Most sites and systems are designed from a non-user point of view. This is like the sales mistake of selling on features, not benefits. In sales you need to sell the benefits. In sites and systems you need to focus on what problem(s) the user is trying to solve and let the architecture and functionality flow from that.

Each different group of users or visitors has different needs and concerns. You should address them directly. I think all sites should be designed around these groups with potentially a very different approach for each group.

In a corporate web site you have lots of different intnerests to serve: casual visitors (explain to them who you are and what you do); interested prospects (explain the problems you solve and why you are better than the alternatives); possible investors (explain your organization, history, leadership, financing history, openness to investment, etc.); users (provide info on upcoming releases, support, knowledgebases, downloads, etc.); senior management at prospects (interested in how professional and competent your org is).

Within the prospect group you should also address subgroups. All prospects are not the same. Ask yourselves the same questions again. Who comes here? Why? What do they want or need?

Most sites are guilty of this mistake. Of course that's not a good reason to continue doing it.

You can gain a considerable competitive advantage by understanding your target sub-audiences and their unique perspectives and needs. At the very least most organizations have the following types of prospects:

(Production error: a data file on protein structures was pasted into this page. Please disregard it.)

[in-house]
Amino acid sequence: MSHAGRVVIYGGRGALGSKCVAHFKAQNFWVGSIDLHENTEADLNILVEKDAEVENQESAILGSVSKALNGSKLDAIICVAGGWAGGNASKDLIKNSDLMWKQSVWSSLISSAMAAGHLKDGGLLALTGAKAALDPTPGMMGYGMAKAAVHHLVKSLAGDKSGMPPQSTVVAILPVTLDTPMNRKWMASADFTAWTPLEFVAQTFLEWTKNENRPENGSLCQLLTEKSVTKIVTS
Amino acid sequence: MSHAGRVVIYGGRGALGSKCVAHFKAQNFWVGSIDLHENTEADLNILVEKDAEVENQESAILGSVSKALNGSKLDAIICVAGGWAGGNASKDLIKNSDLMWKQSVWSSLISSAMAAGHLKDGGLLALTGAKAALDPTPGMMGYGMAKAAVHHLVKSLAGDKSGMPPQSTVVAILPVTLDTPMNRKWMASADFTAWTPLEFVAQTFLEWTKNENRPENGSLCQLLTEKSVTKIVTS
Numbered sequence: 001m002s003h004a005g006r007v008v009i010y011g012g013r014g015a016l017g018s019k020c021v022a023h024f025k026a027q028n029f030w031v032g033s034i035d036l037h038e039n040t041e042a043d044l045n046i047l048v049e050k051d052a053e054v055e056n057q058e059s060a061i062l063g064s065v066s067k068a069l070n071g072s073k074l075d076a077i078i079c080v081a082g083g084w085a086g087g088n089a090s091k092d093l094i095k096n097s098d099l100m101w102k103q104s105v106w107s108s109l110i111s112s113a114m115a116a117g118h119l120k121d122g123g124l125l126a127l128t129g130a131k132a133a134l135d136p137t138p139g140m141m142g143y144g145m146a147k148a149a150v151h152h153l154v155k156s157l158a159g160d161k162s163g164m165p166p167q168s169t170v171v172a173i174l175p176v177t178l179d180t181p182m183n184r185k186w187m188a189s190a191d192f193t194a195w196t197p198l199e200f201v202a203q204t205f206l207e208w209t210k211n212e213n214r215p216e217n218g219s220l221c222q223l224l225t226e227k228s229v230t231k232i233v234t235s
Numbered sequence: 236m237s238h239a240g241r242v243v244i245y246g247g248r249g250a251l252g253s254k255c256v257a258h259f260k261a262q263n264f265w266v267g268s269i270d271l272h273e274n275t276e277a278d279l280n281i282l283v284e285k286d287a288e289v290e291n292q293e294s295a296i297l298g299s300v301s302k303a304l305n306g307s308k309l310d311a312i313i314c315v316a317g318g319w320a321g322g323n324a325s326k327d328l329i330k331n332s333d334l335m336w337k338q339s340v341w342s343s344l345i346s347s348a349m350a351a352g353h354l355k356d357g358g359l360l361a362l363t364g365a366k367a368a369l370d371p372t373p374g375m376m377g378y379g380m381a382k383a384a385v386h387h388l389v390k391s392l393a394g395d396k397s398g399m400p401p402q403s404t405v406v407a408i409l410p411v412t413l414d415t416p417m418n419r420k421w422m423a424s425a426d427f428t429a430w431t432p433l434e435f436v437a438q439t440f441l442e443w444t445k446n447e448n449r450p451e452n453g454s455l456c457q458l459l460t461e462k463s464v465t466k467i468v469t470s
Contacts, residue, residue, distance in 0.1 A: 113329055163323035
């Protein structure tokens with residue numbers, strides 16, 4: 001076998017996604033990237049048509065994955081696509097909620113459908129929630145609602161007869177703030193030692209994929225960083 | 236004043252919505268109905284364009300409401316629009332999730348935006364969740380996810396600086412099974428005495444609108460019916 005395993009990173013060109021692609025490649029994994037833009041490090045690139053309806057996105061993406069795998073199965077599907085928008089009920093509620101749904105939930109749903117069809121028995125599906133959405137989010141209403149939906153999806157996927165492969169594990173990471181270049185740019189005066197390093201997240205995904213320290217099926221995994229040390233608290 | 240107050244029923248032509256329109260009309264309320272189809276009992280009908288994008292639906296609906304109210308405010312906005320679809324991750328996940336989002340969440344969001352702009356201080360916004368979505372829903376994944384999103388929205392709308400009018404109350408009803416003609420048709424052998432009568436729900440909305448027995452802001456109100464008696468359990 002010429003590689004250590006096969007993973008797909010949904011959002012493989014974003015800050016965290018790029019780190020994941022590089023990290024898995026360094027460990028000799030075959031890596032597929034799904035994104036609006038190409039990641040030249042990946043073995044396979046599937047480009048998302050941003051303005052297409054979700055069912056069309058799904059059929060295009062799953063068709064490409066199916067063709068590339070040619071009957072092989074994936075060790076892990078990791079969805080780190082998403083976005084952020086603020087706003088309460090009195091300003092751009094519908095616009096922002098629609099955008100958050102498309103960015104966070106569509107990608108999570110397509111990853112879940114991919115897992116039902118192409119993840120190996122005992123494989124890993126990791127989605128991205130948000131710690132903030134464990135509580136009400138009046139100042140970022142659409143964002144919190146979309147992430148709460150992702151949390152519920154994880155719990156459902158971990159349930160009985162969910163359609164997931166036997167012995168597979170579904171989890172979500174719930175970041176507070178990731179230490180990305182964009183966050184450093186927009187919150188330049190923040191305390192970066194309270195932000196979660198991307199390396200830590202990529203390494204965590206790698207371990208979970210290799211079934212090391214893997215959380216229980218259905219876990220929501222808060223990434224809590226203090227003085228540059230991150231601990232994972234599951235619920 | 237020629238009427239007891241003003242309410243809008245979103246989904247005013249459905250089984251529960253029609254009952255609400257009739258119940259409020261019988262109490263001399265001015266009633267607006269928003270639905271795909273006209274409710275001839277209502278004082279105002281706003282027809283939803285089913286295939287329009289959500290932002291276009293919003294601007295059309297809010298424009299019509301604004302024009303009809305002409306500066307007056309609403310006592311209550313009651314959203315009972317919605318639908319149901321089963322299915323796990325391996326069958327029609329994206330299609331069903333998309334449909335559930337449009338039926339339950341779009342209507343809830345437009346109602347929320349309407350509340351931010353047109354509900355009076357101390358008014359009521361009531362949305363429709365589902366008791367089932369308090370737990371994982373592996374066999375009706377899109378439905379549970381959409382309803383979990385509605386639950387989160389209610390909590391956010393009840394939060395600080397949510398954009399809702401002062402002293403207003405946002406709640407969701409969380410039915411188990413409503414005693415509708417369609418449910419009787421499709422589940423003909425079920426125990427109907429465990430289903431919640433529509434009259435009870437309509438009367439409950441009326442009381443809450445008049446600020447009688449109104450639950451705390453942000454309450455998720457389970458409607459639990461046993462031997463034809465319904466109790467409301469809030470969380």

A - New to the market - try to educate them about the space and frame the problem(s) they are likely struggling with. Often they do not understand the issues well, let alone the possible solutions;

B - Somewhat knowledgeable first time buyers - If you educate category A correctly, you have turned them into category B types. Now the task is to explain the advantages of your service, product, or system. Remember sell on benefits first, then you can offer info on the features that provide those benefits.

C - Experienced users who are unhappy with their present system/product/service. For this group you want to position your offerings against the competitive landscape. You can educate these visitors on the general types of alternatives and how your approach is superior. A competitive feature matrix might be appropriate. Remember to sell the benefits though.

D - Decision-makers - these are dimension of the types of visitors. For decision-makers you want to provide a direct action-oriented info like extensive details on features, support, pricing, ordering, etc. Decision-makers want details.

E - Influencers - These folks want to know if you are credible. They will either agree to using your system, disagree, or abstain. Make sure your info contains lots of supporitng materials like press coverage, external reviews, corporate history, success stories, etc.

F - Potential End-users - these folks are worried about migration, ease of use, and specific hot-button issues.

G - Managers - these folks are mostly concerned about whether this will be easy to implement, adopt, and admininster. Will it provide a solid return on investment? Does it solve a real problem?

You get the idea. FAQ's are valuable because they focus on the question at hand. Psychographic segmentation is like FAQ's taken to an extreme. It get's inside the head of the visitor or user and orients the information to their unique interests and needs.